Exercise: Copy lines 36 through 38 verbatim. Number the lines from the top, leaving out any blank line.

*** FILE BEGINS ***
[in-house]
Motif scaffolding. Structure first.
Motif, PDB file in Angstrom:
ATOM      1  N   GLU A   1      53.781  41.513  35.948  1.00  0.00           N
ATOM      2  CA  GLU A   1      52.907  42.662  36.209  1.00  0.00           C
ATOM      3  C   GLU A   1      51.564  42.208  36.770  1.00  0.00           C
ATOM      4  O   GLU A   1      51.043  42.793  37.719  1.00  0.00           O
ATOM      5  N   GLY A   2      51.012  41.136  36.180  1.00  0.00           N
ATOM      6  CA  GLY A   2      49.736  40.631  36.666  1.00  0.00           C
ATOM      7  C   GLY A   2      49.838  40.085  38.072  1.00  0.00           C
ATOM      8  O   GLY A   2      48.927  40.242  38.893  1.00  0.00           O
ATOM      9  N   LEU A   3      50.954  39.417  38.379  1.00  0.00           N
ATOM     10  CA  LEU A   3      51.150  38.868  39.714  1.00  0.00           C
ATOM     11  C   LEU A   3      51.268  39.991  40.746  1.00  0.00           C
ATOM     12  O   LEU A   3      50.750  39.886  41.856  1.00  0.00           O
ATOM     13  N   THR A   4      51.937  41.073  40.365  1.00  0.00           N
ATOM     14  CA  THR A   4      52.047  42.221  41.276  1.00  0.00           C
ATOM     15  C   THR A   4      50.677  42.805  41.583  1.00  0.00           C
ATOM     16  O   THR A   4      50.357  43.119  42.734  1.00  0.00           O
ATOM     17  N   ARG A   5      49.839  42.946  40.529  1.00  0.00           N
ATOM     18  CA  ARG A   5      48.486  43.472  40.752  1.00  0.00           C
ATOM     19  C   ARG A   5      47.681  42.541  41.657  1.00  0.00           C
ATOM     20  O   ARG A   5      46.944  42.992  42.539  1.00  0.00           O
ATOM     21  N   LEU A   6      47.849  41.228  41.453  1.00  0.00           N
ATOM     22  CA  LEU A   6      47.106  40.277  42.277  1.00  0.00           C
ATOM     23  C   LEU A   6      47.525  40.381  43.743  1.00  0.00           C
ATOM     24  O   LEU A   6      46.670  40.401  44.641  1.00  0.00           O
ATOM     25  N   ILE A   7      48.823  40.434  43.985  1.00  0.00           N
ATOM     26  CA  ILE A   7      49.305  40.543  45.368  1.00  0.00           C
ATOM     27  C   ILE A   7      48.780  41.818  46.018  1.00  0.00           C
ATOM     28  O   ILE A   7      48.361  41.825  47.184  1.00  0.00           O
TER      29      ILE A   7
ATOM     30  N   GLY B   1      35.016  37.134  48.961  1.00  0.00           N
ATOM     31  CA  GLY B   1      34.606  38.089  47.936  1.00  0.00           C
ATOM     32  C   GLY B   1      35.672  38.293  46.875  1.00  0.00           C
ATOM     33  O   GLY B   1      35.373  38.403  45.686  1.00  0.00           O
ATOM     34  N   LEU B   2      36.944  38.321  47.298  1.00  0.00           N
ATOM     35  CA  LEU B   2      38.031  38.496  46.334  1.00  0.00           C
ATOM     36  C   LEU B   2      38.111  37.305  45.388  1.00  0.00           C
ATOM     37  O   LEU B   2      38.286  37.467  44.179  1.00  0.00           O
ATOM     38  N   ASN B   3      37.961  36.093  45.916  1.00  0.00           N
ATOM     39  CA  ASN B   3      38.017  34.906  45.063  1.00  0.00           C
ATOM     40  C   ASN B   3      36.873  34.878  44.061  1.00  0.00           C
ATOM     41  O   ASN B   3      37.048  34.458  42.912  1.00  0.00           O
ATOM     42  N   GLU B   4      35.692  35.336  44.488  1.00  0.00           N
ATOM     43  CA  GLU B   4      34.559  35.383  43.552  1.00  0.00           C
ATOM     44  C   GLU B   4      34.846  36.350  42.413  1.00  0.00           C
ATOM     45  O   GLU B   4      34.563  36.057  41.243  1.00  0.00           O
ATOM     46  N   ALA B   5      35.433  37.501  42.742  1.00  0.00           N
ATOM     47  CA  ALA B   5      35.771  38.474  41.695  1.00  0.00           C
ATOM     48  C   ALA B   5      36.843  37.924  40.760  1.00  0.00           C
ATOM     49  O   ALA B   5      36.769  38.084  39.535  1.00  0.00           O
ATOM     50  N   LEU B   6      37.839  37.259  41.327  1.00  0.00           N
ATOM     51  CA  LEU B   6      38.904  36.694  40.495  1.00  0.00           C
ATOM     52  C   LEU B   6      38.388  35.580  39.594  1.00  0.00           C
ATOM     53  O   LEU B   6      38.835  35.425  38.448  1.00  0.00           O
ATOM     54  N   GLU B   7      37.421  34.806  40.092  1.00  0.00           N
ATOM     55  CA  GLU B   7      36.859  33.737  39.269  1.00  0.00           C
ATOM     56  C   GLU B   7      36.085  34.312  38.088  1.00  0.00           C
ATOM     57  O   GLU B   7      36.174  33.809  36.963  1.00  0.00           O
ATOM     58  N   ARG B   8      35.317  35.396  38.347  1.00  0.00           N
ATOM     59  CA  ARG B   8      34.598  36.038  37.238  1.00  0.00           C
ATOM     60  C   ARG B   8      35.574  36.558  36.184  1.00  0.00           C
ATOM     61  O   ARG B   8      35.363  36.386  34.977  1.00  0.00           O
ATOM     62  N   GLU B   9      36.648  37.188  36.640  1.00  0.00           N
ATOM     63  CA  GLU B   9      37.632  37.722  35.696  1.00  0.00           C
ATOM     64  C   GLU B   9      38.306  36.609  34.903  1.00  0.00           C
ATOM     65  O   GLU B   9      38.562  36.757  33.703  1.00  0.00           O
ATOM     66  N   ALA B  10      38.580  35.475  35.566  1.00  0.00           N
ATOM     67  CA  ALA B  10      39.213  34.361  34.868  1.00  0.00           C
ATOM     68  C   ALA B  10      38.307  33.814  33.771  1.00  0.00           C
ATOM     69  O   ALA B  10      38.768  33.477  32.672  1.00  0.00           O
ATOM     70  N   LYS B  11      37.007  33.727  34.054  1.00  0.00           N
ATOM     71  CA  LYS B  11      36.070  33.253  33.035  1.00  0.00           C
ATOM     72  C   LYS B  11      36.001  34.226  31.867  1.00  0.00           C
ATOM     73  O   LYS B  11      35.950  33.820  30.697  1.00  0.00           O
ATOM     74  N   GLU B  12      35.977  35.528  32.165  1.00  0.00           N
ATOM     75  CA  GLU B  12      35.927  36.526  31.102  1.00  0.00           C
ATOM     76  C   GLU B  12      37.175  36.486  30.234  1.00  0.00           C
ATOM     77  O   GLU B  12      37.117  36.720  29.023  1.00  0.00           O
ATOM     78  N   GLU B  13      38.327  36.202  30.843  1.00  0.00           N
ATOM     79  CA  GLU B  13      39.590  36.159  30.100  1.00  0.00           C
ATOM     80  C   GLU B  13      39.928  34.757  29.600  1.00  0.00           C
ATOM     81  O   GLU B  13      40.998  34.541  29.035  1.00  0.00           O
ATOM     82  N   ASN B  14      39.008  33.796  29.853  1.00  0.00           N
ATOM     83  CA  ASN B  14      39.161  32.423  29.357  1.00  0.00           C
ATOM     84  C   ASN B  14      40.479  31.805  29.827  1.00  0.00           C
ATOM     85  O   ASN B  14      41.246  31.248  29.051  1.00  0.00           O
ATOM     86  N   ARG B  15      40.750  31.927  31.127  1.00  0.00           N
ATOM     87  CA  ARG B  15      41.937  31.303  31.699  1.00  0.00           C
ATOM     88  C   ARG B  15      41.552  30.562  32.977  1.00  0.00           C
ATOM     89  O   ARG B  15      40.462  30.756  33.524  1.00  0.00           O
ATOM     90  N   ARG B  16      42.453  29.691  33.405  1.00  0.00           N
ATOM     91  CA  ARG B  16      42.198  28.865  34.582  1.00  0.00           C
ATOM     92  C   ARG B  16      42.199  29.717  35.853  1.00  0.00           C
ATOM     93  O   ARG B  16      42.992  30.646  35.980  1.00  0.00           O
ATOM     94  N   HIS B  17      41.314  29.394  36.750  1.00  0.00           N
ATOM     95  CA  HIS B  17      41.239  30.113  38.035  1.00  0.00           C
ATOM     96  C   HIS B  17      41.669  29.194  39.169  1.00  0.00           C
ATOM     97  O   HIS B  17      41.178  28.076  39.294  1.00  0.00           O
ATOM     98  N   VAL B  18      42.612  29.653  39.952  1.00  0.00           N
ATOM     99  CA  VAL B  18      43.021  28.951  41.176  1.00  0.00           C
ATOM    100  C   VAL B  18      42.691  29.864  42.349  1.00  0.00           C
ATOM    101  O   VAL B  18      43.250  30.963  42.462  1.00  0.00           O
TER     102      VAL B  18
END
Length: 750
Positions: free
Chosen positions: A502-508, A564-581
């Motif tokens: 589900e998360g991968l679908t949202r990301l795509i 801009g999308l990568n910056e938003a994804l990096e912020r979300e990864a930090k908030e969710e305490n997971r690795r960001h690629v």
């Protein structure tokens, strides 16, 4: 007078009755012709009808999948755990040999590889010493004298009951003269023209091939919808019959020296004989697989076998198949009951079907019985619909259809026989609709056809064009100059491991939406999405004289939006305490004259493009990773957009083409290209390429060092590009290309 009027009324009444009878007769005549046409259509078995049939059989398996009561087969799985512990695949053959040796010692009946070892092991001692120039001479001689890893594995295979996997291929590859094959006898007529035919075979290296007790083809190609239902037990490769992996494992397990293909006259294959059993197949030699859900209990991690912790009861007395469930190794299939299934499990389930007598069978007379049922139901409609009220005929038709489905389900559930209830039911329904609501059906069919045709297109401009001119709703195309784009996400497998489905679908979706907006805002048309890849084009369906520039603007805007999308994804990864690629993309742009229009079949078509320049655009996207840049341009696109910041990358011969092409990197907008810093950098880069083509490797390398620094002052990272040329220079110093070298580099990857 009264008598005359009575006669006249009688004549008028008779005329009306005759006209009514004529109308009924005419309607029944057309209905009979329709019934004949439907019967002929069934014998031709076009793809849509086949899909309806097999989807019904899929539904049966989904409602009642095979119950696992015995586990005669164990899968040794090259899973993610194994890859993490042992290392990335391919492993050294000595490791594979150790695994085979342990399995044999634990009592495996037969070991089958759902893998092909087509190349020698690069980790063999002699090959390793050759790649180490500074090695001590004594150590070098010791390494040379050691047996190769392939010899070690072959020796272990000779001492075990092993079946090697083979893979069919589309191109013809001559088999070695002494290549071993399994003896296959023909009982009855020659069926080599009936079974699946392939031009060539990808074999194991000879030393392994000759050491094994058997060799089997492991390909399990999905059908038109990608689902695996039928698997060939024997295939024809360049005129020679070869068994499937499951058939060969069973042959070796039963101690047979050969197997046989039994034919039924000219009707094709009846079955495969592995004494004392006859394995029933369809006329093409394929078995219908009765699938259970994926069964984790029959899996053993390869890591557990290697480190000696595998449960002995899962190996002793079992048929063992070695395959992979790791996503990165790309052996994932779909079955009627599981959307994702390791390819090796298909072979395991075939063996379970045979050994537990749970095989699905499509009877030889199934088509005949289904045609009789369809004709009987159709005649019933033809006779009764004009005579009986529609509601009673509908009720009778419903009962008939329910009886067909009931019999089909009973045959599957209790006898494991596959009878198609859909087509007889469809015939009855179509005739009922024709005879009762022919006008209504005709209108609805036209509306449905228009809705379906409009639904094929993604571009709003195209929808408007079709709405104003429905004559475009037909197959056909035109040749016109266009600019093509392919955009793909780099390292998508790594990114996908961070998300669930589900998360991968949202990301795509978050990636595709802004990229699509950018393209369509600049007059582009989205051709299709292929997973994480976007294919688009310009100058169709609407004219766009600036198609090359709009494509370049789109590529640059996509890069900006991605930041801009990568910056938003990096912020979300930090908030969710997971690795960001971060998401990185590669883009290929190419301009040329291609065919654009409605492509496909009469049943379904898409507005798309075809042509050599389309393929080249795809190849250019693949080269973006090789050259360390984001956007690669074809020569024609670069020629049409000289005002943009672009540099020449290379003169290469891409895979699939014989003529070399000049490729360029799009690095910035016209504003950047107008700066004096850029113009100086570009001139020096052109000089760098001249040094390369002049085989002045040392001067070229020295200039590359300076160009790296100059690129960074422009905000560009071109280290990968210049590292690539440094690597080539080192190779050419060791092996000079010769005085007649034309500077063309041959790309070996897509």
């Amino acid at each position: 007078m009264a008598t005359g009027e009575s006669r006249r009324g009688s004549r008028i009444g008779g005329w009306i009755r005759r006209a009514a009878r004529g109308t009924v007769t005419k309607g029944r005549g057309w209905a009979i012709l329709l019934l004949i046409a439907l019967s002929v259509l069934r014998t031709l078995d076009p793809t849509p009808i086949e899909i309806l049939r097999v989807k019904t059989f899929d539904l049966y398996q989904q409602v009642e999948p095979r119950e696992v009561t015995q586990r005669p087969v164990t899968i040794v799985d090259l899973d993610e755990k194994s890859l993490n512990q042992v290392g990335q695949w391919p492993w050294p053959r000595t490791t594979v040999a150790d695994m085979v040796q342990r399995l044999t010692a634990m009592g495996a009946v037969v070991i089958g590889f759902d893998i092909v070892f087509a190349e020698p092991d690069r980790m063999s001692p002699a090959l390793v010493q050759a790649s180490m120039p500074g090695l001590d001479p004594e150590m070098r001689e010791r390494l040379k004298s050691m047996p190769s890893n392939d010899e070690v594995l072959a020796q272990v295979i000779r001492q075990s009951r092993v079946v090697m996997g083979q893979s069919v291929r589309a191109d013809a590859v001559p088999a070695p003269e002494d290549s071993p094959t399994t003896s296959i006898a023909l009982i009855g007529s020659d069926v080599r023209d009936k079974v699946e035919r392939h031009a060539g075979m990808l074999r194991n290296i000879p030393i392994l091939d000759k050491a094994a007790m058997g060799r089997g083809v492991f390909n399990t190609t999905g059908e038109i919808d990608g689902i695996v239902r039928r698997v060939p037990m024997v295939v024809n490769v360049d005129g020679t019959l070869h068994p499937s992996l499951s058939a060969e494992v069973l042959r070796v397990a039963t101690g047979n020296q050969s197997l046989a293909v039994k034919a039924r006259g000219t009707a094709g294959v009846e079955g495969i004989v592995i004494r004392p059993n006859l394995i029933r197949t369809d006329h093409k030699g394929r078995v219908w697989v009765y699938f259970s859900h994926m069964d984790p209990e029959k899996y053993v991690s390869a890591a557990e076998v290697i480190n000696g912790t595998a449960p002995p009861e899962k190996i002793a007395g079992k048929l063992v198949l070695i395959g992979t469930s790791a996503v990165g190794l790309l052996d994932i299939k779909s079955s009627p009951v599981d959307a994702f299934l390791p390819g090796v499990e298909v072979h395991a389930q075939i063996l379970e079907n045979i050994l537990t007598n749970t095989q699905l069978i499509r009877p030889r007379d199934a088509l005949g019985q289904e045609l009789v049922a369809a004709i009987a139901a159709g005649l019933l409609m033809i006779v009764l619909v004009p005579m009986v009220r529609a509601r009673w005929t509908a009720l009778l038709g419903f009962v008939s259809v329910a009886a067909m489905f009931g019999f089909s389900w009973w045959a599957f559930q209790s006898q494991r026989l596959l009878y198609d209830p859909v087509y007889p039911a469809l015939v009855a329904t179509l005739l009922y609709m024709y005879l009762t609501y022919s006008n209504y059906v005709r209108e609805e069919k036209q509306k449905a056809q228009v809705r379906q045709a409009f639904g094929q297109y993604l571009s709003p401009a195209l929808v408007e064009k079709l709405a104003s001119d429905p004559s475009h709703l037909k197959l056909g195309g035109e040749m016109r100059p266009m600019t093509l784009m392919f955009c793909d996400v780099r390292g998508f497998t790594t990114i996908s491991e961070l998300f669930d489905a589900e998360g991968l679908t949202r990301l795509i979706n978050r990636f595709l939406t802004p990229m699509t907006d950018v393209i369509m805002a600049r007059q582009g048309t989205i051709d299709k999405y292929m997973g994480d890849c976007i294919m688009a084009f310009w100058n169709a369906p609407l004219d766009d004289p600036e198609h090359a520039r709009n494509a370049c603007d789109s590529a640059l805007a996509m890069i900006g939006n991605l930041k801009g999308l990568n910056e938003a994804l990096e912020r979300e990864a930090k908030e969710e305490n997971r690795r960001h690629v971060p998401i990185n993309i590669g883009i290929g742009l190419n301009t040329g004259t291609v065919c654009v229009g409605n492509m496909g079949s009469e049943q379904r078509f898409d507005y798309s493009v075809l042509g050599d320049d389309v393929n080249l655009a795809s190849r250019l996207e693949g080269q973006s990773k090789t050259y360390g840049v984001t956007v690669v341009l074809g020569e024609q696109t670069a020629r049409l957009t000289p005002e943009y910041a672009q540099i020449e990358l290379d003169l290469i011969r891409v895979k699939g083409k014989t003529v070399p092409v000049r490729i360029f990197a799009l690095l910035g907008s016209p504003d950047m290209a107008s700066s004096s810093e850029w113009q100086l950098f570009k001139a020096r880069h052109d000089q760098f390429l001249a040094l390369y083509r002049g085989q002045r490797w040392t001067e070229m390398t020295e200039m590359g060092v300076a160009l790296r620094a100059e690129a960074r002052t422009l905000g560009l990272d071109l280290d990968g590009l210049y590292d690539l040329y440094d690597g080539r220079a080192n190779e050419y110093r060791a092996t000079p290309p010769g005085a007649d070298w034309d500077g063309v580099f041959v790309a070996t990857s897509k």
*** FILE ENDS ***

ATOM     33  O   GLY B   1      35.373  38.403  45.686  1.00  0.00           O
ATOM     34  N   LEU B   2      36.944  38.321  47.298  1.00  0.00           N
ATOM     35  CA  LEU B   2      38.031  38.496  46.334  1.00  0.00           C